Home Improvement

Three ways to build a more sustainable home

We’re all becoming more aware of the need to be more eco-friendly. And since the homes we live in are responsible for a huge chunk of our carbon footprints, they’re also an area in which there’s huge scope for improvement.

There are many reasons why you might want to build a home that’s more sustainable, from doing your part during a climate crisis to making it easier to cope with heating bills during winter.

So, where should you start?

In this article, we’ll share three ways to build a more sustainable home.

1. Optimise insulation

Preventing energy from escaping is arguably the most important aspect of improving energy efficiency. You can cut down on energy loss by insulating the following areas:

  • Roof – Fitting roof joists with rolls of insulating mineral wool can help prevent up to one-quarter of heat loss from a home.
  • Walls – Cavity walls in particular let a huge amount of heat escape, so injecting special insulation material and using expanding foam to fill any smaller cracks or holes is a great way to cut down on energy loss.
  • Windows – Cut down on heat loss through windows by investing in double- or triple-glazing and using sealant to eliminate gaps in window frames.

2. Utilise energy modelling

Building energy efficient homes used to involve a certain amount of guesswork. But nowadays, you can use energy modelling to help you simulate and understand a home’s energy usage before you even build it.

Energy modelling is the virtual simulation of the energy consumption, utility bills and life cycle costs of a building. A mock-up or replica of a building is built on a computer and a simulation ran to understand its performance over the course of an average year.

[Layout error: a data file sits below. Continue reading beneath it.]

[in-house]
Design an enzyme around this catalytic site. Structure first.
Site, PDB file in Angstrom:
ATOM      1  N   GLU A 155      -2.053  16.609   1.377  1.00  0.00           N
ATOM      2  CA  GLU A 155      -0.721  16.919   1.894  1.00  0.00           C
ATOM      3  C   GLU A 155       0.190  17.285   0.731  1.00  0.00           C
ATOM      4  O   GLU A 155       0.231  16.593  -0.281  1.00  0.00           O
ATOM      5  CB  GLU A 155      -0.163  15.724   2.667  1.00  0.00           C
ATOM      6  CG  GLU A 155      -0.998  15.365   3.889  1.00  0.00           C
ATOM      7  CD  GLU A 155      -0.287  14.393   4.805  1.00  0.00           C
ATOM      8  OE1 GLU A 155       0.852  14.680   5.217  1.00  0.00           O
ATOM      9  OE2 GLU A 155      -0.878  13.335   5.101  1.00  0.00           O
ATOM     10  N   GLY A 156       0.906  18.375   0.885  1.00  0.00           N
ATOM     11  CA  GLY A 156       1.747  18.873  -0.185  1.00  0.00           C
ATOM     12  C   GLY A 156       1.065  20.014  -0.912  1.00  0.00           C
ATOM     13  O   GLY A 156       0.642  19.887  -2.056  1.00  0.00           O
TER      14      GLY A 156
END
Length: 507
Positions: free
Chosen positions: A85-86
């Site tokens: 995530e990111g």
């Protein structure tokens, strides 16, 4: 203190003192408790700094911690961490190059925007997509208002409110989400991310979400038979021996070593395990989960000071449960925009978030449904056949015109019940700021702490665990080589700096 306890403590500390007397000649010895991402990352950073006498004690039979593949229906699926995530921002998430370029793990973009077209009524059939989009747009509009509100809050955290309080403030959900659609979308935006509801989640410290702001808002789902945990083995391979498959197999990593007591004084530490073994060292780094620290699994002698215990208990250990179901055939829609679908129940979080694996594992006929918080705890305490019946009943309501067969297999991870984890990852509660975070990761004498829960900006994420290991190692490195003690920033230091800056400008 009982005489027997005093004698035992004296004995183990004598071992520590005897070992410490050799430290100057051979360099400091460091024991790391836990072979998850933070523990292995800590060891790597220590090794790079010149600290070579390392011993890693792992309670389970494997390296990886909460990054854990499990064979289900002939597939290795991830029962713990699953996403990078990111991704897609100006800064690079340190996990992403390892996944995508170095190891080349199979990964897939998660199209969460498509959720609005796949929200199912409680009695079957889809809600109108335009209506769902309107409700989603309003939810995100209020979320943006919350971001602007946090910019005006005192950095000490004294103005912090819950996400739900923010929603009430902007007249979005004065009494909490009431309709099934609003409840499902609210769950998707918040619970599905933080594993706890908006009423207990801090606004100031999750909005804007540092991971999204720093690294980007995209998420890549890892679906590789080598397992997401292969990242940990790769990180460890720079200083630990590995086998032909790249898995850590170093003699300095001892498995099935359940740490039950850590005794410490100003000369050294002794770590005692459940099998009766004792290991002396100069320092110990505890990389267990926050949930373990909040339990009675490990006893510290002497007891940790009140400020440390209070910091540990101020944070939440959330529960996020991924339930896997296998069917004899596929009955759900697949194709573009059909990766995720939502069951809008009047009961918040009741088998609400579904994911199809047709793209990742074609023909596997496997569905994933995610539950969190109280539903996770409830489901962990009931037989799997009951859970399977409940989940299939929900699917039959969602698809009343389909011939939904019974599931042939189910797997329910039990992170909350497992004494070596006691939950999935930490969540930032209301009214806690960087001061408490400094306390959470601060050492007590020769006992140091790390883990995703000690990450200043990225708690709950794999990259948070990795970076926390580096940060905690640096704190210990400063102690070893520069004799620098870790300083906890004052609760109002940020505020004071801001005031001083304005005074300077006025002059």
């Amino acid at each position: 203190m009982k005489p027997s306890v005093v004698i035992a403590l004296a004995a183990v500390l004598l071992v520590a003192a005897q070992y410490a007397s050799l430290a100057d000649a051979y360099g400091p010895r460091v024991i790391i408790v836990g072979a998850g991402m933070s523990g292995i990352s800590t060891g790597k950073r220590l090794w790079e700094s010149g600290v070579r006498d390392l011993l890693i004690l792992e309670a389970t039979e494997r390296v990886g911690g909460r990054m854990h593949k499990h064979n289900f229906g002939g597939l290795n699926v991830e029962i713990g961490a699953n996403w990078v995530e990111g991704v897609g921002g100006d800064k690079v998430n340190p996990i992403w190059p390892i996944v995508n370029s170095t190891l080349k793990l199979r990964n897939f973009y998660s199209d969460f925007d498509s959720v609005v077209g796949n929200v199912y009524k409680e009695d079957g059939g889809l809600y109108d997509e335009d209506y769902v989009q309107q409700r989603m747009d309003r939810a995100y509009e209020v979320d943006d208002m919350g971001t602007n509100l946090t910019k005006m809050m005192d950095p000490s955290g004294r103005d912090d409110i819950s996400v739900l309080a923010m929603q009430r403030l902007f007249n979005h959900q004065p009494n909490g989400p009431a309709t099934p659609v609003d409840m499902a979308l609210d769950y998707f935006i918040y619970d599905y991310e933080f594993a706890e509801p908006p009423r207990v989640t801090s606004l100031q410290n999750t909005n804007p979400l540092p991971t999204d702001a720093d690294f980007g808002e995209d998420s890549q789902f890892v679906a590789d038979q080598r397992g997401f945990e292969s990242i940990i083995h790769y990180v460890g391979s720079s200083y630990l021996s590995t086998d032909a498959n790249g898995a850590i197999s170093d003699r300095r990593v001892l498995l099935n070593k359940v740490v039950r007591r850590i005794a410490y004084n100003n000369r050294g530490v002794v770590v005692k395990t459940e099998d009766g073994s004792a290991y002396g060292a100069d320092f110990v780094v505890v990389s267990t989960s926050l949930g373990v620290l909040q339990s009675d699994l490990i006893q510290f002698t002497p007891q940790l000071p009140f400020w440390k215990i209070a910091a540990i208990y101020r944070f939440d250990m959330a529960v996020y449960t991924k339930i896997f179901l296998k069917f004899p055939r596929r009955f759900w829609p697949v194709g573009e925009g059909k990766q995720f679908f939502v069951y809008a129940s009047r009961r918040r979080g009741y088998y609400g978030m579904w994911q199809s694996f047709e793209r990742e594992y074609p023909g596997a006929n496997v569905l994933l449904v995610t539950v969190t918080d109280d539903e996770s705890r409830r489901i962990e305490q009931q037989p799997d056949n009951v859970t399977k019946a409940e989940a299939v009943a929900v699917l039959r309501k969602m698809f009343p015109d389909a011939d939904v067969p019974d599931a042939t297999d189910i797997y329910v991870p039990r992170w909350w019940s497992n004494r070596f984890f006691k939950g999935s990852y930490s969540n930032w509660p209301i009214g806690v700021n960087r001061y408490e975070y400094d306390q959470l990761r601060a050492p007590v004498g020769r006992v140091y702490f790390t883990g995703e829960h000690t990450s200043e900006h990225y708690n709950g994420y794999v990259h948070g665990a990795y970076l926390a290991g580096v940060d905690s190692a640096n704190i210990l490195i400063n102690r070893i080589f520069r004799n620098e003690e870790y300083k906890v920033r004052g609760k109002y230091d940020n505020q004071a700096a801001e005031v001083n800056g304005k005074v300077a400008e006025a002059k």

This technology can help you test for and optimise different aspects of the home in order to find the most energy efficient scheme possible.

3. Use sustainable materials

Sustainable materials are manufactured, used and disposed of in an eco-friendly way. Examples of sustainable materials include treated timber, stone, glass, hemp, straw and wool.

Using sustainable materials doesn’t deplete non-renewable resources or disturb the equilibrium of the environment they’re harvested from. They also tend to be more durable, meaning that they last longer and need less maintenance over their lifetime.

The bottom line

Whether you’re building a new home from scratch or simply undertaking some renovations, there are plenty of things you can do to make your home more eco-friendly. Building a more sustainable home to live in gives you an easy way to lower your carbon footprint and help create a more promising future for generations to come. It isn’t necessarily easy to do. But if you implement the three methods above, you’ll have made great progress towards more sustainable living.

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